5D41/E89.1 Postprocedural hypoinsulinaemia



Postprocedural hypoinsulinaemia is caused by an excessive amount of insulin being administered during or after a medical procedure. It is most commonly seen after the administration of intravenous fluids containing high levels of glucose, or during the administration of insulin, glucagon, or a combination of both.


Postprocedural hypoinsulinaemia is typically diagnosed by measuring the blood glucose levels and blood insulin levels. Low blood glucose levels may indicate that the patient is experiencing postprocedural hypoinsulinaemia.

Differential diagnosis

Postprocedural hypoinsulinaemia is similar to other hypoglycemic conditions such as hypoglycemia, insulinoma, and other endocrine disorders. It is important to rule out these other conditions before making a diagnosis of postprocedural hypoinsulinaemia.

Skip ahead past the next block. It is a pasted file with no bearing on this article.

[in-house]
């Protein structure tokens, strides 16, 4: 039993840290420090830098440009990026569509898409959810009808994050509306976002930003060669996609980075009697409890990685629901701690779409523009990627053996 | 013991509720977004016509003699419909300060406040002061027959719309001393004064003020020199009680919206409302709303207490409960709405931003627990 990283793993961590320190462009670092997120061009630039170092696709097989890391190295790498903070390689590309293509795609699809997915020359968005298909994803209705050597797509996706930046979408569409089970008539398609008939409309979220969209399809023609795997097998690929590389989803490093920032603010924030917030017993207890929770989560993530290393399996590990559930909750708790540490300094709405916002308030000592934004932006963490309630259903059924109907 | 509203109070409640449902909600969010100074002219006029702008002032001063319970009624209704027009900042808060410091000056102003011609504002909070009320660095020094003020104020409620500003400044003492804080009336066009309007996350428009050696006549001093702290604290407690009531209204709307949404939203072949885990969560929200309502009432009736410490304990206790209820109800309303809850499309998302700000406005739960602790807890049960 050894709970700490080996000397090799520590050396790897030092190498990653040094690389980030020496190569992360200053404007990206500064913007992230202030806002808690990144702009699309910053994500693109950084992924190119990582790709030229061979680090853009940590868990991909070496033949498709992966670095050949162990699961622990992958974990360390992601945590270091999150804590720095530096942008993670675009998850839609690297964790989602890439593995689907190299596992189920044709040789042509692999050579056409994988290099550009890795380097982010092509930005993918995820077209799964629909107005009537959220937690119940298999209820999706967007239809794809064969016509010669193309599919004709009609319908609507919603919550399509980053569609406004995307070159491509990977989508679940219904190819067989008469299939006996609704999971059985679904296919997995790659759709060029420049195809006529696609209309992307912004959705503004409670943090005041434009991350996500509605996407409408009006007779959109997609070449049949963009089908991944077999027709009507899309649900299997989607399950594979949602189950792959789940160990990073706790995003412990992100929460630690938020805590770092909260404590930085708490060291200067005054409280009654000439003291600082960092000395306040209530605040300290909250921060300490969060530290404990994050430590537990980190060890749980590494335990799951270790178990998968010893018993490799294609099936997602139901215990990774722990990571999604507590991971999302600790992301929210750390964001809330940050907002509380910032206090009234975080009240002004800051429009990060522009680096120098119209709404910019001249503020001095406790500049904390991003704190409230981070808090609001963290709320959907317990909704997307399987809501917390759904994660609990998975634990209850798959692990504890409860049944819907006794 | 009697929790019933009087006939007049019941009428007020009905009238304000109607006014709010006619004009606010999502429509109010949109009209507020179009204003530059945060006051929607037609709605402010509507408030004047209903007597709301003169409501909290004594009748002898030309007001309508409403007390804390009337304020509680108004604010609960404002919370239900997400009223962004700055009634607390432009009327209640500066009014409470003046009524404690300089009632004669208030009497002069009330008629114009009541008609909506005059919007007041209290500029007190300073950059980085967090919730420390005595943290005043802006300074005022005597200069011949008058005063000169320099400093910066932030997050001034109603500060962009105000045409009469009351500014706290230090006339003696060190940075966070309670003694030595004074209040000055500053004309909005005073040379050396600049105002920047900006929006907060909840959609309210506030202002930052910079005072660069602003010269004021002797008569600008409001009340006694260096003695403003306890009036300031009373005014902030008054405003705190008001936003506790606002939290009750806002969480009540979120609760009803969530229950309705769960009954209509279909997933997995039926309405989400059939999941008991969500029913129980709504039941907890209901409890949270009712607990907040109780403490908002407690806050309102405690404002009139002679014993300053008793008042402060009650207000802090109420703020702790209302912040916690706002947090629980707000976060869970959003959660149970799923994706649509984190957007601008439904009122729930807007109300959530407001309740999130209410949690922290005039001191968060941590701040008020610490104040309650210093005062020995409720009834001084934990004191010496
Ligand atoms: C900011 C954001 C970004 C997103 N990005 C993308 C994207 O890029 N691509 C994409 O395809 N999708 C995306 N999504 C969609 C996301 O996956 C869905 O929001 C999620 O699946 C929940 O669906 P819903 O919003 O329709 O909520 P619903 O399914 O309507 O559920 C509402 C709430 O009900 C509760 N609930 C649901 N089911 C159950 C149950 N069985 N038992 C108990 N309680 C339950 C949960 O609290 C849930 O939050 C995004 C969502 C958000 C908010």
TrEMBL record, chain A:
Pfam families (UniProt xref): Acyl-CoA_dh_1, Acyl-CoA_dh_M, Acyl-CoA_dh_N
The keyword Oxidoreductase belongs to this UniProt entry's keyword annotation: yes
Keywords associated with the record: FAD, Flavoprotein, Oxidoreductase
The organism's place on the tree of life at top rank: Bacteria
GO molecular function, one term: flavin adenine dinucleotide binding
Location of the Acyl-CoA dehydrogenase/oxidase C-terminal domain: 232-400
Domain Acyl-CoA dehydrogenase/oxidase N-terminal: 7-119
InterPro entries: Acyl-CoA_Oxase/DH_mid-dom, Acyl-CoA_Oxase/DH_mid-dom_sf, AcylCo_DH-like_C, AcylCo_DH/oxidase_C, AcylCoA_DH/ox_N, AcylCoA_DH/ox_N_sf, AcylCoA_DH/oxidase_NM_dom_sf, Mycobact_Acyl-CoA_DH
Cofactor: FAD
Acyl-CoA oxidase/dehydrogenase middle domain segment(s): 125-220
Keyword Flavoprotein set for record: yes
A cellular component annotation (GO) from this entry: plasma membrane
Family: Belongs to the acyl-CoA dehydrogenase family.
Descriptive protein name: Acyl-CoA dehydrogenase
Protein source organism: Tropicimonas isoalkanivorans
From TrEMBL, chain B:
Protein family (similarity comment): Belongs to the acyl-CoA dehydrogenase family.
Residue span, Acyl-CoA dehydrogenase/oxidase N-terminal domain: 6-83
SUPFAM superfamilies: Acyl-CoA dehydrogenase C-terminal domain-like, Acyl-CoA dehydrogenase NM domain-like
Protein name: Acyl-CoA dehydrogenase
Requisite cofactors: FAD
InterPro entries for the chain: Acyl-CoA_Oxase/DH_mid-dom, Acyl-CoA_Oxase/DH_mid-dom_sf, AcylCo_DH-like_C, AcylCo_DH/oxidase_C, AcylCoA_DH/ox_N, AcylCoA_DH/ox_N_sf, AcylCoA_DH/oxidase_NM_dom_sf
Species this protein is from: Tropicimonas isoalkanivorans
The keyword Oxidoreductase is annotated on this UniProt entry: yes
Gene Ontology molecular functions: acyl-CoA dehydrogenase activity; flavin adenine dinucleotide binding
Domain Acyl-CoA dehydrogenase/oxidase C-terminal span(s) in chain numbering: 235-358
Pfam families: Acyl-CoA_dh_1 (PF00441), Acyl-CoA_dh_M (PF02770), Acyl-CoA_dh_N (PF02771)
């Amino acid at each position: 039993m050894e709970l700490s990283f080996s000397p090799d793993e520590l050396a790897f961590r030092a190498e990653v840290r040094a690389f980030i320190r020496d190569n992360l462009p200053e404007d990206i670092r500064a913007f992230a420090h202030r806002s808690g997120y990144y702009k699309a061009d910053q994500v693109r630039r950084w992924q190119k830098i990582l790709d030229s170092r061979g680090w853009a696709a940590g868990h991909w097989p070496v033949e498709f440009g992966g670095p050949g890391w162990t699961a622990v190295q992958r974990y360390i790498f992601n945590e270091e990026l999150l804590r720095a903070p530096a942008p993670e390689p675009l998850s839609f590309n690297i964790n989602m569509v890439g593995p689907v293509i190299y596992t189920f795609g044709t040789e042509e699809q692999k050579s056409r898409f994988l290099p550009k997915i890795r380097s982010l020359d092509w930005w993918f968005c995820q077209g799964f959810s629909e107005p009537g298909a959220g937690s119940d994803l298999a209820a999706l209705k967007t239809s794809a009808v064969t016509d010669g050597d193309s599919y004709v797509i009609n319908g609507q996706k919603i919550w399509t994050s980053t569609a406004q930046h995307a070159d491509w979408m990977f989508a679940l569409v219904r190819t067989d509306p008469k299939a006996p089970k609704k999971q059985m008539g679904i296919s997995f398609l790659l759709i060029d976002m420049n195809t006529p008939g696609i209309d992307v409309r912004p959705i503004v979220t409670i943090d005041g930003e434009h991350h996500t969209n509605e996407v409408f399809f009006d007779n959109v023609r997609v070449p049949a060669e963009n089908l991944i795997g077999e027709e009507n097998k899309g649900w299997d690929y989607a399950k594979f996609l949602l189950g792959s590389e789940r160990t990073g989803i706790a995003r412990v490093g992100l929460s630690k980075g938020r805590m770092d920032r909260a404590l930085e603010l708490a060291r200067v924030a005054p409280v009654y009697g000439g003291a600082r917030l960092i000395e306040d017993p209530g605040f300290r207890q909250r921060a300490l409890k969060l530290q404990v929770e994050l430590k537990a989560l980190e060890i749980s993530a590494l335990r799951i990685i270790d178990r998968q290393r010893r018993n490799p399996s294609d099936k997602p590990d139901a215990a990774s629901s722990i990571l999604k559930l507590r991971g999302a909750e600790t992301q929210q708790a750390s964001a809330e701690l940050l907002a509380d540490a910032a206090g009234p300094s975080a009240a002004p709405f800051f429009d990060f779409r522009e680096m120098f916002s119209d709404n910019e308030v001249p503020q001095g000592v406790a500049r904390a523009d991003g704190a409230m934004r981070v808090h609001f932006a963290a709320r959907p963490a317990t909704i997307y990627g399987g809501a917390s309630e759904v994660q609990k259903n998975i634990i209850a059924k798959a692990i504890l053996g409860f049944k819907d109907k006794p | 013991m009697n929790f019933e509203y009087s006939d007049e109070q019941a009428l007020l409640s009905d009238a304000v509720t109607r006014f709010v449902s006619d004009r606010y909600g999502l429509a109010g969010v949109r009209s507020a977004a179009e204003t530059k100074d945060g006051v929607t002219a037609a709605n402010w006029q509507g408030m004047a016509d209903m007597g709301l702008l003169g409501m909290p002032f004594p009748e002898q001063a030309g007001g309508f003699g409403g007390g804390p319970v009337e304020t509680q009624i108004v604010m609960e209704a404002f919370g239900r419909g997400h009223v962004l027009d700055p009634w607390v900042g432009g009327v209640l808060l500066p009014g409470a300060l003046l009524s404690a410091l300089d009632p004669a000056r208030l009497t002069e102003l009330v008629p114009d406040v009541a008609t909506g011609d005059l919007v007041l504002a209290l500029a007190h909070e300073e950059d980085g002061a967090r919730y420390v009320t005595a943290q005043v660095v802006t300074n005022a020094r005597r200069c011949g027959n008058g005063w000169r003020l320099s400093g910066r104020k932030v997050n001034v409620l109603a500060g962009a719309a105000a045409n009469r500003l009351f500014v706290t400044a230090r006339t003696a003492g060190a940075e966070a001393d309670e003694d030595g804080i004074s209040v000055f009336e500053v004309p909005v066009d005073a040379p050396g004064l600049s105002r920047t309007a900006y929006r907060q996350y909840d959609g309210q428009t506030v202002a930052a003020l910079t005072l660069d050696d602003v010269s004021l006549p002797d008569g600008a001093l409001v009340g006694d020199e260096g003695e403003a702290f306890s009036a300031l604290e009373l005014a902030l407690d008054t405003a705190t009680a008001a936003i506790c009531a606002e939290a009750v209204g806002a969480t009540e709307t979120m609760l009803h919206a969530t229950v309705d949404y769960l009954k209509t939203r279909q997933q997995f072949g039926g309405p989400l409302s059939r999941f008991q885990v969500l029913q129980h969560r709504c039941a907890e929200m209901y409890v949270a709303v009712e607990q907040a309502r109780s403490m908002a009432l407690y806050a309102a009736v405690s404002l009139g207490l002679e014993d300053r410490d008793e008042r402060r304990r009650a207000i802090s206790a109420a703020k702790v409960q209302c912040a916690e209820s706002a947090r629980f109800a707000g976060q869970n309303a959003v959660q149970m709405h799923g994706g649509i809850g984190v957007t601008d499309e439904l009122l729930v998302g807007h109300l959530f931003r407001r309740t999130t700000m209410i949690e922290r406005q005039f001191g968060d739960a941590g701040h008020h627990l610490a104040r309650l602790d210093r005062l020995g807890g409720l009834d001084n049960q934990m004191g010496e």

Treatment of postprocedural hypoinsulinaemia typically involves administering intravenous fluids containing glucose and electrolytes, as well as insulin. Additionally, dietary changes and lifestyle modifications may be recommended to help manage the condition.


The prognosis for postprocedural hypoinsulinaemia is generally good, as long as the patient receives timely and appropriate treatment. With proper treatment, postprocedural hypoinsulinaemia can usually be managed without any long-term complications.

How medically accurate was this information?

Click on a star to rate it

Average rating 0 / 5. Vote count: 0

No votes so far! Be the first to rate this post.

DISCLAIMER: Please note that all explAInations are generated by AI and are not fact checked by a medical professional. ICD ExplAIned do not assume liability for any injuries or harm based on the use of this medical information.